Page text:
29 March 2006

A Win for the Home Team!

I just got the discharge report for the little boy I posted about here. Not only did he survive, he did very well. It's amazing. I thought he was a goner for sure. He has some neurologic deficits, a partial hemiparesis of some sort, which is a pity but it sure beats a very small coffin! Most importantly, the rehab report describes him as "alert, oriented, and conversational"! Woo-hoo!

So often, what I doo seems pointless -- most of the folks I see have no actual disease, or the trajectory of their disease is going to continue regardless of any intervention I perform. And of course, it is too rare for me to get feedback on the outcomes in cases. Thus, the job can seem to be reduced to . . . moving meat. So it's really a thrill to hear about a truly terrible, tragic case that had a happy ending. Not that I did anything too earth-shattering in it, but I was the inflection point in the arc of his illness where the trajectory turned from moribund to improving, so I feel justifiably proud and part of the miracle.


  1. That's awesome. Good job, Doc.

  2. Nice work, my friend. Sometimes it may be moving meat, but there is no doubt that you do something where you have a very real and profound impact on people's lives.

  3. It is kind of heartening in a backwards way to hear you feeling angst about the relevance of your work. As advisor to the judge, I've felt pretty pointless often. I suppose it is a by-product of a deep burning desire to make the world a better place.

  4. That's great bro! It really is great to hear stories like that! Pretty soon, I'll understand how you feel; I have my first clinical tonight and I get assigned my residents for the next 10 weeks! I just hope some can have a happy ending like this one!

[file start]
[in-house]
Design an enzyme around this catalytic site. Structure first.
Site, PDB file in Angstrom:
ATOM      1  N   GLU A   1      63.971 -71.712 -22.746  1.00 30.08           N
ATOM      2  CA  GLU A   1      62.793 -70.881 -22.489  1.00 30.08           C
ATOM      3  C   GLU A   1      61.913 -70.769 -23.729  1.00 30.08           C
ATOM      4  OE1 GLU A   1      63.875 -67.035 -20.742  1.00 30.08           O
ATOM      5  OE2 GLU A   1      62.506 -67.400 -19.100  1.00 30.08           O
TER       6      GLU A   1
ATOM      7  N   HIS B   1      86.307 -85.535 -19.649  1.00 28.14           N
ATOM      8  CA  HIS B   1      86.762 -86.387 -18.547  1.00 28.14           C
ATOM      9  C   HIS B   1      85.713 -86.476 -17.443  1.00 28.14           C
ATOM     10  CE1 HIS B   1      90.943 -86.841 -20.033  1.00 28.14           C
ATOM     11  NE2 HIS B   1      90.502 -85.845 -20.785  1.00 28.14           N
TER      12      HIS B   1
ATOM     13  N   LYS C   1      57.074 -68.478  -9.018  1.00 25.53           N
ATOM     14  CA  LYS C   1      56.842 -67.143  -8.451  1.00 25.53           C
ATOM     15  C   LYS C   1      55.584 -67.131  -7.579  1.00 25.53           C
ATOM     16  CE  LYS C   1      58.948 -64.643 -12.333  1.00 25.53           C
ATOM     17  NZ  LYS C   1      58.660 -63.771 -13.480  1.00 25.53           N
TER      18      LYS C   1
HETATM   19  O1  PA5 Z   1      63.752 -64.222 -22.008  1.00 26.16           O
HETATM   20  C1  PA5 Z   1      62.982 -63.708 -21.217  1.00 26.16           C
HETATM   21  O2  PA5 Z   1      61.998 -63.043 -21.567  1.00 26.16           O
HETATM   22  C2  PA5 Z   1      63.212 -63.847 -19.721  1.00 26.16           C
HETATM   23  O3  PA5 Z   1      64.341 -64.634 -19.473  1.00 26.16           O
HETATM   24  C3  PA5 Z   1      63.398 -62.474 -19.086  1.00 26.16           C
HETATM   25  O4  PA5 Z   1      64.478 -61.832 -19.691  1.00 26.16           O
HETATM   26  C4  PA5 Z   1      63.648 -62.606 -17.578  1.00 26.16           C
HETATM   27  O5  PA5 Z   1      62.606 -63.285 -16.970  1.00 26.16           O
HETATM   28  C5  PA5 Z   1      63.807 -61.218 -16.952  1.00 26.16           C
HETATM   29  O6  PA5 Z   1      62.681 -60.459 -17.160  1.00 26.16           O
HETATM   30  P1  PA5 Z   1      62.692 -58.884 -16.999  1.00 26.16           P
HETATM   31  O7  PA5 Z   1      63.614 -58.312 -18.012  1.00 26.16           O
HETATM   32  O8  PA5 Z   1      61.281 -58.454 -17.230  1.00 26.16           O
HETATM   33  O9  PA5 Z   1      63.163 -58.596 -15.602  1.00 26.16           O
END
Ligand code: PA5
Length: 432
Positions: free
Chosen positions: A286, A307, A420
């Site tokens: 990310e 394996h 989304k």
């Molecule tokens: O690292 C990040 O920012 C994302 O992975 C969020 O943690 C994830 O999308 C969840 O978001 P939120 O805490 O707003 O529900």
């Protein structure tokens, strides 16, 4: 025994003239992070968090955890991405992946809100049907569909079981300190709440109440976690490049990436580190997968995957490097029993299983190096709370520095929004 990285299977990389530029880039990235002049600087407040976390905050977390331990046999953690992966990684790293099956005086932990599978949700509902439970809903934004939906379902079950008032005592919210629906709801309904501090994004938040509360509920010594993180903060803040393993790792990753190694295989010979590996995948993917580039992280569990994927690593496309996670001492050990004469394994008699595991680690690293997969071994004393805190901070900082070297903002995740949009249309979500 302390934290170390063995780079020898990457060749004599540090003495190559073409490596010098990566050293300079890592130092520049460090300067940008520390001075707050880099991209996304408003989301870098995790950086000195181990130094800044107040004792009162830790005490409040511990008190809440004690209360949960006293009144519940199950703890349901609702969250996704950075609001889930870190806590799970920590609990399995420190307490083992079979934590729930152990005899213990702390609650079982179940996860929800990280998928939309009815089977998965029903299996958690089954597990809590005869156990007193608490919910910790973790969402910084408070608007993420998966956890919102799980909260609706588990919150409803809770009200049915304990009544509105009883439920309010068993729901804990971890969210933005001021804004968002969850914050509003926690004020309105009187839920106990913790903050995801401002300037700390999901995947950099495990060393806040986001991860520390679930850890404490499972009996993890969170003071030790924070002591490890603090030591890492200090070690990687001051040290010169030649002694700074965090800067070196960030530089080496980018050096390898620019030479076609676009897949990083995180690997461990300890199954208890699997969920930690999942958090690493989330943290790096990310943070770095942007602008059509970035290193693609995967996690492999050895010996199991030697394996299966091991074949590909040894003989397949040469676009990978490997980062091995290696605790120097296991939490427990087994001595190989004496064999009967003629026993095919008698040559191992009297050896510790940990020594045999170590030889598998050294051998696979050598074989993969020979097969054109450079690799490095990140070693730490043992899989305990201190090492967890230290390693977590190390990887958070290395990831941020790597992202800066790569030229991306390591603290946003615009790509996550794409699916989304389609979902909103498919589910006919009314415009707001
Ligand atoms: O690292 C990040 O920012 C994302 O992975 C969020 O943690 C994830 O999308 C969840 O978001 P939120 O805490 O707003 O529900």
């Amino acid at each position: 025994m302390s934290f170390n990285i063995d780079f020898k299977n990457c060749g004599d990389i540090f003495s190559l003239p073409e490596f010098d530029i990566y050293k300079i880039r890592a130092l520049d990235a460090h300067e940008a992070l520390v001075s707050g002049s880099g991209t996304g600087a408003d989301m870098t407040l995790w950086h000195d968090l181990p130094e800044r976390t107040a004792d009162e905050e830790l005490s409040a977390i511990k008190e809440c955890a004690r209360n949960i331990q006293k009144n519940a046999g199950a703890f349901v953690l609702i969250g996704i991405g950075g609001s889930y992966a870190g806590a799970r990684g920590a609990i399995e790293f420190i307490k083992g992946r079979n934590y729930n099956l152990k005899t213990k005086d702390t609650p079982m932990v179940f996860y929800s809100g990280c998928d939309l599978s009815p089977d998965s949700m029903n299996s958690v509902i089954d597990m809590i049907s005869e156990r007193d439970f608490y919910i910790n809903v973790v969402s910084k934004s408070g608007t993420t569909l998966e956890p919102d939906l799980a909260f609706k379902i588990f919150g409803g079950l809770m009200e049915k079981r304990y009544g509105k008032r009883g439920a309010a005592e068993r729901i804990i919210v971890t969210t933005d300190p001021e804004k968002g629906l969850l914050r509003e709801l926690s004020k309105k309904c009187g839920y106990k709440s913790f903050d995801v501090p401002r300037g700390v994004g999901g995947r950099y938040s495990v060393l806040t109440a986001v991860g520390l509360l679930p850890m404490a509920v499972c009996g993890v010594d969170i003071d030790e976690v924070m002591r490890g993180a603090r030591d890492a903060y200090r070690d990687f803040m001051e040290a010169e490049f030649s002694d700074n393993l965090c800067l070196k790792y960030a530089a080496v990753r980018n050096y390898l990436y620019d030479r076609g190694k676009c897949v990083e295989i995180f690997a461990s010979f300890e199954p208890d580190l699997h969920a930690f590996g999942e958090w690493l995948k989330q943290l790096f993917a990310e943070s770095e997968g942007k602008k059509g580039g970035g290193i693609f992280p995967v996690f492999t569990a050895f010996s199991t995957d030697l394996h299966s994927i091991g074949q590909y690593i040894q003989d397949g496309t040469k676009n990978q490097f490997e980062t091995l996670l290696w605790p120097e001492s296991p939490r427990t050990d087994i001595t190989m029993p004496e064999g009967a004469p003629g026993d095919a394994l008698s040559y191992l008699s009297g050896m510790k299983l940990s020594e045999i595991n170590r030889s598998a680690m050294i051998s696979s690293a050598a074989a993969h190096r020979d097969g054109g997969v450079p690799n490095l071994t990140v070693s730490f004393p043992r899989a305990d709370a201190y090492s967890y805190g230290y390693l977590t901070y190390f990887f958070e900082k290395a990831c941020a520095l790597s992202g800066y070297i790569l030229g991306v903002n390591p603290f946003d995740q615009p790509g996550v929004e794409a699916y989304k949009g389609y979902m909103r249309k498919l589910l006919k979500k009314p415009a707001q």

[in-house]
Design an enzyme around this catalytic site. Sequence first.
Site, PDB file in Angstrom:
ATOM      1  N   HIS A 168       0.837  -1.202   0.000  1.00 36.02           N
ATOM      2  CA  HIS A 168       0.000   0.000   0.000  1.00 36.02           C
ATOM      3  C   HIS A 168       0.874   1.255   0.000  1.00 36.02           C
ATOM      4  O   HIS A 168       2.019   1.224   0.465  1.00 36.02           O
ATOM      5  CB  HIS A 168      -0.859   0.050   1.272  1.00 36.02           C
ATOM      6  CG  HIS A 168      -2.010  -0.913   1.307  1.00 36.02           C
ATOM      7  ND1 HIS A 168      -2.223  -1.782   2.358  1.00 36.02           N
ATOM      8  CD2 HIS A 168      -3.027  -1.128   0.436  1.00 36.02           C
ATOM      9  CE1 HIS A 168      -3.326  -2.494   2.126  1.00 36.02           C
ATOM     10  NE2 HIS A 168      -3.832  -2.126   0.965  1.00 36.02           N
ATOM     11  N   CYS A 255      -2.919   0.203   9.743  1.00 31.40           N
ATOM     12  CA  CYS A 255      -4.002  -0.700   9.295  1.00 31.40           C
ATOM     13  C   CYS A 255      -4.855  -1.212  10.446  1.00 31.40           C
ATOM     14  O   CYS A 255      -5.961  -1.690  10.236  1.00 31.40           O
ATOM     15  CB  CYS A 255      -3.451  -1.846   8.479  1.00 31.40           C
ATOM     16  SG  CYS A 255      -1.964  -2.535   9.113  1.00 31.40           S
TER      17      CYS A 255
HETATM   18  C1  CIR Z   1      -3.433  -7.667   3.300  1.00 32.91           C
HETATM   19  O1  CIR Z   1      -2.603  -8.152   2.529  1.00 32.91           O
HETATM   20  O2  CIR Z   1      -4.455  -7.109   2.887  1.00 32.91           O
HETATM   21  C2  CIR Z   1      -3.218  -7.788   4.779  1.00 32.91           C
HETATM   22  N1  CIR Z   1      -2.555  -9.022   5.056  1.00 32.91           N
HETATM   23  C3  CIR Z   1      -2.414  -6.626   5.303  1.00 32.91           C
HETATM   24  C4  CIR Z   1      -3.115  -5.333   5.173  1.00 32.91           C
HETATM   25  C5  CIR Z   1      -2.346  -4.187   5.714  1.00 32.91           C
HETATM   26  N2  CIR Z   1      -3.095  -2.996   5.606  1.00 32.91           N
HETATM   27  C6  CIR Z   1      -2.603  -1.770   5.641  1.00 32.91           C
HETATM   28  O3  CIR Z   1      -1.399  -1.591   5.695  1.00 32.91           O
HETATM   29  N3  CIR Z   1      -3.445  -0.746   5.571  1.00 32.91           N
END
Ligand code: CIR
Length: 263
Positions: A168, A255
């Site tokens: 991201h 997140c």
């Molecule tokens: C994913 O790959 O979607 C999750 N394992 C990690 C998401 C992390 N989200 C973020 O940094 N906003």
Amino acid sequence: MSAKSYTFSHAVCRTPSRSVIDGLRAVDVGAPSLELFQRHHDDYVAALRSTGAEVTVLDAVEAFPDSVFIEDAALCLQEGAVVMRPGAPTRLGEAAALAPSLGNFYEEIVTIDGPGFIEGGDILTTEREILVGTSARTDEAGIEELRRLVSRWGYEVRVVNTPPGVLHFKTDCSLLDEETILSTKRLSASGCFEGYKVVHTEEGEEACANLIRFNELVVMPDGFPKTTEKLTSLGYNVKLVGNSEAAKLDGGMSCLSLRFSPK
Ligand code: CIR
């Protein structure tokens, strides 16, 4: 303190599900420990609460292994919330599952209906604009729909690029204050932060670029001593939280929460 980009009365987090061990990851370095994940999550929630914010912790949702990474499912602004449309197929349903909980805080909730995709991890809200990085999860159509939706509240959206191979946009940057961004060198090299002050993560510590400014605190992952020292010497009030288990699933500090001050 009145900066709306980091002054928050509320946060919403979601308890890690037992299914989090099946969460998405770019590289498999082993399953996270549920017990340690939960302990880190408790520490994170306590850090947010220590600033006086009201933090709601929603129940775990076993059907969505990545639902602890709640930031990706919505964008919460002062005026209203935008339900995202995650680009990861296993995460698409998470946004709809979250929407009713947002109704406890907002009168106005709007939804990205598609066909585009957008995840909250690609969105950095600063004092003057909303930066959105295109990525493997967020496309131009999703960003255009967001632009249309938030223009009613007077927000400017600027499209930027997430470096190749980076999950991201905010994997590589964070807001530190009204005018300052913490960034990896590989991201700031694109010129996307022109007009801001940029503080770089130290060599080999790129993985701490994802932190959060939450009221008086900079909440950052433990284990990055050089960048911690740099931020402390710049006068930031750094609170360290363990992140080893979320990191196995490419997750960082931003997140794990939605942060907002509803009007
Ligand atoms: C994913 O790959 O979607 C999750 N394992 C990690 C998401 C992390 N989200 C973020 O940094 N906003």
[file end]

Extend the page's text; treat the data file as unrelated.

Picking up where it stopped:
Don't ever trivialize what you do, for then it will lose what made it special to you in the first place.

  5. In a similar vein, we have recently taken care of a 5 month old girl who was saved by "vitamin R."
    She had been sick for one day with high fevers, and was seen in the ER with no obvious source of infection. She was given a slug of Rocephin and sent home. The next morning she came back to the ER with a rash, which the parents attributed to the antibiotic. In fact she had palpable purpura, and not 3 hours afterwards the blood culture from the previous evening reported N. meningitidis growth.
    I know that we sometimes complain about indiscriminate use of Rocephin. A case like this little girls', though, shows the impact of the single example that justifies the other 999 healthy "number needed to treat."

  6. Excellent job, and thanks for posting.

    I recently had a nurse come up to me and tell me a family was requesting me to be their doctor. It turns out I had cared for their 70 yr old father a few months ago when he came in for "just not feeling right". A vague chief complaint, a negative review of systems and a normal neurologic exam later, I felt that something just wasn't right and got a head CT which reviewed huge bilateral subdurals. Needless to say, he was whisked off to surgery and spent the next few months rehabilitating but had done amazingly well.
    When the wife arrived and recognized me, she asked if I could be their doctor again, since she felt that I had saved her husband's life some months ago.
    This touched me in a profound way. Our patients, although often sick and frequently grateful for their care, never really request us. We're just the person that picks up the chart. It meant so much to me (although frankly, it can be boiled down to one of those times when you thank your stars for a bit of luck).

    It can be hard to express things like this to those who don't know what we do for a living.


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